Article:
Cooking Up a Batch of Learning

Here’s a funny thing about being a teacher: if you want to get good at it, life keeps throwing you ideas to learn from and steal. A previous post noted that Blue Apron, a company that delivers gourmet cook-it-yourself meals to your door, illustrates how trying unfamiliar ingredients can broaden our palates. Again, this is not an ad for BA, but as I cooked this week, I reflected that they offer quite a few great “how-tos” for educators.

Last night I made “Korean Tteok & Spicy Pork ‘Ragu’ with Baby Bok Choy.” I am absolutely certain that I have never served this for dinner before. What teaching tips did I glean? Read on.

  • Make the point of the lesson clear. BA provides a picture and a description of the finished dish, like this:


How often have I plunged into a lecture without first explaining where we’re headed, why, and where we should end up?

  • Have all materials in place ahead of time. The AV equipment should be working. The room should be set up and inviting. The papers should be sorted and clipped. The models and manipulatives should be out. The microscopes and slides are at the ready. I don’t want to waste time fumbling around, and I want to invite students into an orderly and well-thought-out process. Chefs call this “mise en place,” French for “putting in place.” Every BA recipe starts with all the ingredients set before you after you’ve done any washing, chopping, etc., which makes cooking more fun and omissions less likely.
  • Don’t assume that anyone knows anything…or at least not much. BA asks only that you bring to the table a sharp knife, salt, pepper, oil, a skillet, and a pot.  If you have more toys and know what to do with them, great. If not, you can manage. If you already know how to cook, you can often streamline or multitask to save a bit of time, but if not, BA talks you through it step by step.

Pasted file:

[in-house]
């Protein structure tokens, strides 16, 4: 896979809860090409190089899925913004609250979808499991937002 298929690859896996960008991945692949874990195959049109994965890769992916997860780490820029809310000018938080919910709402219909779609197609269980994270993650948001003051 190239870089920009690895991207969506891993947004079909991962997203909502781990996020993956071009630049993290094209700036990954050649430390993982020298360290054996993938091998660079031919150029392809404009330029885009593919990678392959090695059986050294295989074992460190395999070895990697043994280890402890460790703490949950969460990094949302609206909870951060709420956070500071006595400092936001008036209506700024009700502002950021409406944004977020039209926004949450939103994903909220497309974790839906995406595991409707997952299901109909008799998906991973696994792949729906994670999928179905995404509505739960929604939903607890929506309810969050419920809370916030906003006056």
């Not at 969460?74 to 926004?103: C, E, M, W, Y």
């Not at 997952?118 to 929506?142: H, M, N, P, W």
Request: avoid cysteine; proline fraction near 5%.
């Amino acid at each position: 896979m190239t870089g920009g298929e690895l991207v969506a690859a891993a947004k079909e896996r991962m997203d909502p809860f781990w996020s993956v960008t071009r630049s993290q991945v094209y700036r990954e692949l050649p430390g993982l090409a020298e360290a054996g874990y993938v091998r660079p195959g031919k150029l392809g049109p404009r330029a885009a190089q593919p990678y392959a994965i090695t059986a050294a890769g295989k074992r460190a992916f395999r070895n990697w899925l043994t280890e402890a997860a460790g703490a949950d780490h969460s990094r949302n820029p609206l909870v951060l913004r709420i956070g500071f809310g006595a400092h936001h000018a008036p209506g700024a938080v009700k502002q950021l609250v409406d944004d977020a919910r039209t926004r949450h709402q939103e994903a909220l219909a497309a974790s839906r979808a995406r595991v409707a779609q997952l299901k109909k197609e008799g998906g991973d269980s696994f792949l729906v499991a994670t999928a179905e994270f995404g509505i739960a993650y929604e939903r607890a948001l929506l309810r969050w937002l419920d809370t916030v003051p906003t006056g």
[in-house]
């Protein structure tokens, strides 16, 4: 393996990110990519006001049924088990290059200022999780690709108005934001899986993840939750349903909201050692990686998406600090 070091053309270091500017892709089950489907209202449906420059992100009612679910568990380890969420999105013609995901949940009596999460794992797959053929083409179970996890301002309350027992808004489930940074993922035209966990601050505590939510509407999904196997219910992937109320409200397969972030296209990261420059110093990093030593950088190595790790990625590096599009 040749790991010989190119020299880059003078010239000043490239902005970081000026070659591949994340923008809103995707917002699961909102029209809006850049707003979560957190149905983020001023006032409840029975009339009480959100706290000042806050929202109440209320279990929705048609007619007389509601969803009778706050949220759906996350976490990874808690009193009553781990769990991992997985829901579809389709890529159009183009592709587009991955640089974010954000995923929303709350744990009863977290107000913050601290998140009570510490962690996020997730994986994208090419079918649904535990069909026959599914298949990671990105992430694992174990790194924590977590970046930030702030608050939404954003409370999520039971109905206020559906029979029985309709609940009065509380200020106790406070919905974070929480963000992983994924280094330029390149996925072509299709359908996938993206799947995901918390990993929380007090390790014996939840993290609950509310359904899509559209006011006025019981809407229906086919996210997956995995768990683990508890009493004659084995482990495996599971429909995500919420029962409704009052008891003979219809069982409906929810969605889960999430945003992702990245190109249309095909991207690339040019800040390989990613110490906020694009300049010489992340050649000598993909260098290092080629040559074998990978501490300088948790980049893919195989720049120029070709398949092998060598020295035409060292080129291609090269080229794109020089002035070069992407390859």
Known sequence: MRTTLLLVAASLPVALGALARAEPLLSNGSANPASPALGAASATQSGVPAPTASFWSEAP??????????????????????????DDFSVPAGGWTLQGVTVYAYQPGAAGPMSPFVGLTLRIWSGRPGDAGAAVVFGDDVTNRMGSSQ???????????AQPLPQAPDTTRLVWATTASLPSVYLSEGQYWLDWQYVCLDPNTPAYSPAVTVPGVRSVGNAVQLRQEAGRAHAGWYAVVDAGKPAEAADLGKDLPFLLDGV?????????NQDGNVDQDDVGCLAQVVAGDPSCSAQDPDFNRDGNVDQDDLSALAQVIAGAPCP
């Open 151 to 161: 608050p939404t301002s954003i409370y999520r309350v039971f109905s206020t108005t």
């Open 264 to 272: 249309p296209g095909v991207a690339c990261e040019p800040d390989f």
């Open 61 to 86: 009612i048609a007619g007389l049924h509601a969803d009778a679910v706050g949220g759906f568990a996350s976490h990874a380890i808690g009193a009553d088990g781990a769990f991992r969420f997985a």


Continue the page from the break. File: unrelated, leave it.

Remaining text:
• Offer resources and assistance for those who need it. Our students’ educational experiences vary widely. I’ve had students with B.S. and Master’s degrees, and I have had students with freshly minted GEDs. Some people need a little extra help. I can offer this in person or by providing links to resources they might have overlooked. Don’t know how to chop an onion? Chopped thousands? Either way, BA has you covered with a helpful tutorial. (And, yes, they taught me a better way.)


The finished Tteok was delicious. I hope this afternoon’s class on human reproduction is just as spicy and interesting!


2 comments on “Cooking Up a Batch of Learning

  1. myevette2000 says:

    Thoughts on helping us all with our teaching, but alas, your post made me hungry.

  2. I have leftovers to share in the fridge! As with any good lesson, BA offers more than enough to “chew on” even after a generous helping.

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